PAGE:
Tuesday, August 26, 2008

08.26.08 Guest NELSON BRAGG (Tribute to "No Wave"...and beyond)

We will be spinning records from bands that either formed what would be termed "No Wave", or were directly influenced by this genre.
You will hear sounds from La Monte Yong, Arto Lindsay (DNA), James Chance (Contortions), Mars, Theoretical Girls, Y Pants....to Lydia Lunch (Teenage Jesus & the Jerks, 8 Eyed Spy, Beirut Slump), Lizzie Mercier Descloux, R.L. Crutchfield (Dark Day, DNA), Feotus, Ikue Mori (DNA, Tenko,etc.), Lounge Lizards, the Swollen Monkeys, Doctor Nerve, the Public Servants, Noise'r Us, the Trolls, the Microscopic Septet, Konk, Sonic Youth, Pere Ubu, Tenko, Teddy & the Frat Girls, and our very own guest Dj Nelson Bragg's band Big Noise from 1981 (Woodstock, Ny).

A brief background on our guest Dj:

Nelson Bragg played in several bands from 1979-1999 including positions as a pit drummer for over 20 stage musicals. (Emerson College theater in Boston, New London Barn Playhouse, New London, NH among others) His bands include the horn driven/post-punk dance band, Big Noise, (1981-1987, Woodstock, New York) and Farmhouse (1989-1992), a harmony based folk-rock group based out of Northampton, Mass. Nelson moved to Los Angeles in 1999.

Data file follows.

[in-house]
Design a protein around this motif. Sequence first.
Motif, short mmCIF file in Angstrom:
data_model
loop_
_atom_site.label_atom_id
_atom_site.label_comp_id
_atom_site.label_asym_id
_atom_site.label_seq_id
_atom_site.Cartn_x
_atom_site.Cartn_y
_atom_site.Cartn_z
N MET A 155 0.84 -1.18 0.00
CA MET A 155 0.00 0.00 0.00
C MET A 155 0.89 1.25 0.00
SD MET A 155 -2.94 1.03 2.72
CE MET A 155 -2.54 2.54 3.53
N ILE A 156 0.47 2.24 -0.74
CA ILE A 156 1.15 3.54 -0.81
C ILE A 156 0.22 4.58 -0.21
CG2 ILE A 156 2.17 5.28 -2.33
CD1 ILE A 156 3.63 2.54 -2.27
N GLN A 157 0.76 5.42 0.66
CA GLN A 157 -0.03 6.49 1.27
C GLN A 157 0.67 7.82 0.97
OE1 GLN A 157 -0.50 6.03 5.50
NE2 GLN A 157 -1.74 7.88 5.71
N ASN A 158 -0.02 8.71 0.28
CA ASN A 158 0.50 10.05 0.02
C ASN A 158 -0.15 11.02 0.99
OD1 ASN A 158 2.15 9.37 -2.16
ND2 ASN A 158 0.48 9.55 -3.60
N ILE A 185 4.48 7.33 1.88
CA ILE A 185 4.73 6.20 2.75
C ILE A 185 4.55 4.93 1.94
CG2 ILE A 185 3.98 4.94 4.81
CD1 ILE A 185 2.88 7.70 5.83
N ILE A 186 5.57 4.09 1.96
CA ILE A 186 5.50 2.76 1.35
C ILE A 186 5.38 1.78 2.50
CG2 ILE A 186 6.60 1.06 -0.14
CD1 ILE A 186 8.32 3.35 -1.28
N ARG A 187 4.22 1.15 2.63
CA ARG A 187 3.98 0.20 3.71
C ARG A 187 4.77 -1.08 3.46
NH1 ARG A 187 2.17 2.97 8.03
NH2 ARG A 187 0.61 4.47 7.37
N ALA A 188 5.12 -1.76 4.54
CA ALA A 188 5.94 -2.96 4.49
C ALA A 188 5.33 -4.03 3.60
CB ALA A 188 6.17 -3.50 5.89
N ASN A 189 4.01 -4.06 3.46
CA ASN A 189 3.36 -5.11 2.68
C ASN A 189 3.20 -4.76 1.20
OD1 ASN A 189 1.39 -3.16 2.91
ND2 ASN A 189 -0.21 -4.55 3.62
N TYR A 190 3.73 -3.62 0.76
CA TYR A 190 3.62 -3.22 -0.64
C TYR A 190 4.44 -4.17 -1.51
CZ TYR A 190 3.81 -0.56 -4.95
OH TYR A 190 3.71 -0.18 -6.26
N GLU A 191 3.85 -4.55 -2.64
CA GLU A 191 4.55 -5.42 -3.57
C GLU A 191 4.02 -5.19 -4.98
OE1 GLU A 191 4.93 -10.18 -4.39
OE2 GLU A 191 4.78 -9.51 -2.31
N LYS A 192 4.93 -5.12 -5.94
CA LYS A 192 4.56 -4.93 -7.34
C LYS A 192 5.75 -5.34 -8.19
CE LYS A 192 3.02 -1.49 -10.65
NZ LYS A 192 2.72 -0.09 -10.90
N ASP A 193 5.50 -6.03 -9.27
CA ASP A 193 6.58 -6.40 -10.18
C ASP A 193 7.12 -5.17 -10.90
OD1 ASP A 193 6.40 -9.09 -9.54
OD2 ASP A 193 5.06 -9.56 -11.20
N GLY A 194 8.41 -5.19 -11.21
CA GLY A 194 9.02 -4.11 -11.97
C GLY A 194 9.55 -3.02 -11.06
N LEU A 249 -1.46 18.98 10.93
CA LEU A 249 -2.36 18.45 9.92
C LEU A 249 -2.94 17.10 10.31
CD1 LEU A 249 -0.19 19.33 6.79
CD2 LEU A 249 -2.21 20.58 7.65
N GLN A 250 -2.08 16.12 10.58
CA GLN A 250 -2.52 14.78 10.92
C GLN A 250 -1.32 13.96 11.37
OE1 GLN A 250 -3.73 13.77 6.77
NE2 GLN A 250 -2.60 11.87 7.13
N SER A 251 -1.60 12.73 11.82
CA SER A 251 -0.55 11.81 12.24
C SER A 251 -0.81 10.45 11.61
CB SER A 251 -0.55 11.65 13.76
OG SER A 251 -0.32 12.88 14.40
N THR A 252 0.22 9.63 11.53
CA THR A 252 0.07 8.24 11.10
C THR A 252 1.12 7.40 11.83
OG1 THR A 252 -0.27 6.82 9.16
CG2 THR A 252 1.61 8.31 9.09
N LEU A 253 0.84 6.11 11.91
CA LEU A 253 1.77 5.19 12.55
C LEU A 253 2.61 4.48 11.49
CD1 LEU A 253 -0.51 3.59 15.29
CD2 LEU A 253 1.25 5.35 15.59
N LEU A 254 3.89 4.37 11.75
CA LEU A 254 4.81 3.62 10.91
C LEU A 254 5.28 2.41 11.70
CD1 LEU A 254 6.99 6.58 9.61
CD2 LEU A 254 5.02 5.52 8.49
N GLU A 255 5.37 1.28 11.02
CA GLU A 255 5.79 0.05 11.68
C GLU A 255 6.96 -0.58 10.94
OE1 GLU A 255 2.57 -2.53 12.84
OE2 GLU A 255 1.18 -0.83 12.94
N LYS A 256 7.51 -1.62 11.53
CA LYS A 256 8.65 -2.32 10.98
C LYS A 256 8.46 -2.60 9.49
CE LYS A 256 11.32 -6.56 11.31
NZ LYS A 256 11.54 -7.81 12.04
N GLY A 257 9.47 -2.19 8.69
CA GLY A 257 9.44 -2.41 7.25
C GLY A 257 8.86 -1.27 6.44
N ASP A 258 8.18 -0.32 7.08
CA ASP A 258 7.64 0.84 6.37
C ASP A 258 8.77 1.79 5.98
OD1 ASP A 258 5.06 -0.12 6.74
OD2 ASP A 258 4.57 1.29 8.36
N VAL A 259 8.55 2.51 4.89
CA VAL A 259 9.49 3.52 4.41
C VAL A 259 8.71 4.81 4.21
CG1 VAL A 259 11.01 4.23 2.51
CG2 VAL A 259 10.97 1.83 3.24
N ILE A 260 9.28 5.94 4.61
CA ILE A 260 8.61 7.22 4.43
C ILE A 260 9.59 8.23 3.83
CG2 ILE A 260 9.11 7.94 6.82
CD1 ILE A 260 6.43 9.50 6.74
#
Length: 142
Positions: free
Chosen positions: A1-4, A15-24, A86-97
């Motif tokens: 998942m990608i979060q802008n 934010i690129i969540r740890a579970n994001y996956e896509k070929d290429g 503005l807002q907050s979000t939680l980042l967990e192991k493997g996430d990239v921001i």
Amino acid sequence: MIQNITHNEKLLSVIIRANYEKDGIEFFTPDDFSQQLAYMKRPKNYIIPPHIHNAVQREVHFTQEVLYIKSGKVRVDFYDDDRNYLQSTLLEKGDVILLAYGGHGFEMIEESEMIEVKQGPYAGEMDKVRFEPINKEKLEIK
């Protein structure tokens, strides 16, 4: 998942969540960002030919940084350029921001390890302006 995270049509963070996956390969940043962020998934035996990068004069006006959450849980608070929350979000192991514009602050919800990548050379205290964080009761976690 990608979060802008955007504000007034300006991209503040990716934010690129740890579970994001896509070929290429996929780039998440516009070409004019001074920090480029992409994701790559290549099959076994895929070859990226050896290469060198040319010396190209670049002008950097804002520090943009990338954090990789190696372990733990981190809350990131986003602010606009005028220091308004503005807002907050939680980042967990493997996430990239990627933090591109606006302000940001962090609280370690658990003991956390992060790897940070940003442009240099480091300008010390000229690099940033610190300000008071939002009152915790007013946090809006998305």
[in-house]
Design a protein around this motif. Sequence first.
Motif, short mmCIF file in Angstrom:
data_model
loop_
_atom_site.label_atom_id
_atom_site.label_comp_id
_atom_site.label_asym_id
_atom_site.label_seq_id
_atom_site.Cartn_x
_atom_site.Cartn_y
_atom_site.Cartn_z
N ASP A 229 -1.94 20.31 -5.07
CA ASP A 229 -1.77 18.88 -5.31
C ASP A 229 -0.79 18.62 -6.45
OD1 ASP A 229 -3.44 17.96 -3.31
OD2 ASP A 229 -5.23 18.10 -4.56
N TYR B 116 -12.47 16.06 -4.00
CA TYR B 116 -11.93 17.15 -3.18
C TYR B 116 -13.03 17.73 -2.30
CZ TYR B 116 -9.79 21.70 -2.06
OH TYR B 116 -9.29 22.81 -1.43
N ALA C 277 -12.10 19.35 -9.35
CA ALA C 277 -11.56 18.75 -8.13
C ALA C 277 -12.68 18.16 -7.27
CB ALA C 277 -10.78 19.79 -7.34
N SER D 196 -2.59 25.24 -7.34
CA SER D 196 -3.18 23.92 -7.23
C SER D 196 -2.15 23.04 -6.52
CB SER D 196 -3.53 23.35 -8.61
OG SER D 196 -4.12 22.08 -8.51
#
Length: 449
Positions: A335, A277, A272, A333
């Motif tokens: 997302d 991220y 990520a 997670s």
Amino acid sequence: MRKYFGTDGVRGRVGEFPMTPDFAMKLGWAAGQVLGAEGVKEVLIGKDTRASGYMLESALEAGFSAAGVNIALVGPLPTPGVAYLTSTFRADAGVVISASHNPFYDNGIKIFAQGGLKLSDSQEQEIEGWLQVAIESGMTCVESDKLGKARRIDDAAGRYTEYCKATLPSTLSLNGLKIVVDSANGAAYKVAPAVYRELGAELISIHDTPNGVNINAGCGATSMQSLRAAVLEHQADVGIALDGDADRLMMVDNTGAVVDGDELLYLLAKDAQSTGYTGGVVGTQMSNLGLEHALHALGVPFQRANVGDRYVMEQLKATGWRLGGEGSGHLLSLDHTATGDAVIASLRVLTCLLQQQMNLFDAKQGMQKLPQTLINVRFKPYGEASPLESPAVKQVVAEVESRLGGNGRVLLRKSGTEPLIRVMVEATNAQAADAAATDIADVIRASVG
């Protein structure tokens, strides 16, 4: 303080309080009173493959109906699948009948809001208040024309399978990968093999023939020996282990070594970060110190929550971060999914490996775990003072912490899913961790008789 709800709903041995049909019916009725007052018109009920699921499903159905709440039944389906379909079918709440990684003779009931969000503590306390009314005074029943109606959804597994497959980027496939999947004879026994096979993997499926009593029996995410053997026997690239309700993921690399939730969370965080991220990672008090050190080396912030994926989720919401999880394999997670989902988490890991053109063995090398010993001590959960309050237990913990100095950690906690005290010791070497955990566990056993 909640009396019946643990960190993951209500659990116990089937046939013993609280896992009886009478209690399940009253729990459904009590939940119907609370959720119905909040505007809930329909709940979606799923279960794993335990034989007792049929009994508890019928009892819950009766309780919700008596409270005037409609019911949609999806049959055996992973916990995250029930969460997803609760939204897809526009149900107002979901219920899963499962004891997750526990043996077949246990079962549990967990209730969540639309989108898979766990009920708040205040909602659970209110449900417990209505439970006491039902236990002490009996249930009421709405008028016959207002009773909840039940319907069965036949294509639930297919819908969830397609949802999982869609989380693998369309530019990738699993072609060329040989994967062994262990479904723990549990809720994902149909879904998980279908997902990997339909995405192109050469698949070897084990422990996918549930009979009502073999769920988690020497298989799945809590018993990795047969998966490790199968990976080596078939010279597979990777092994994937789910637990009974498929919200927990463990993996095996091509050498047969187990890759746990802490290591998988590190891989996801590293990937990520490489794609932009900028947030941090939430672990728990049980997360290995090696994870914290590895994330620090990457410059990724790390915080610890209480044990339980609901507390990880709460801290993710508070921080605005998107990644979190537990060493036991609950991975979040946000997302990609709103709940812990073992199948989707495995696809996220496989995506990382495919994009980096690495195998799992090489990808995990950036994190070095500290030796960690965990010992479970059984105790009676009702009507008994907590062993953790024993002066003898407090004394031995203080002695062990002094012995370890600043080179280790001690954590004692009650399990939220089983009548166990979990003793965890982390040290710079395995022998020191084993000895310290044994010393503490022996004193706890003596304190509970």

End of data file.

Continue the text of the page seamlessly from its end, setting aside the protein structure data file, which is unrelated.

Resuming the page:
In 2000, Bragg finally found a successful path joining several L.A. pop bands that include The Now People, The Quarter After and Cloud Eleven. In 2001, he joined "Stew" for his "Naked Dutch Painter" CD and played subsequent shows and residencies promoting it. That CD was "Entertainment Weekly's "Album of the Year" for 2002. He also played with The Negro Problem, Stew's former band and alter ego. In 2003, Nelson got the call to join Brian Wilson's band as percussionist/vocalist to perform Wilson's legendary unreleased album "Smile". That now legendary February 2004 premiere in London and tour, was followed by a formal recording of "Smile", released in September 2004, winning a Grammy award, ironically in the "Best instrumental" category ("Mrs. O'Leary's Cow" featuring Bragg on virtually all of the whistles and sound effects at the top of the piece.) In 2005, the Smile 2 DVD set was released featuring a full-length documentary of Brian Wilson's incredible Smile story and the making of it both in 1966-67 and newly in 2004. That documentary aired on Showtime in October 2004 and was directed by Beach Boys and pop authority David Leaf. A live concert performance of Smile is featured on the second disc.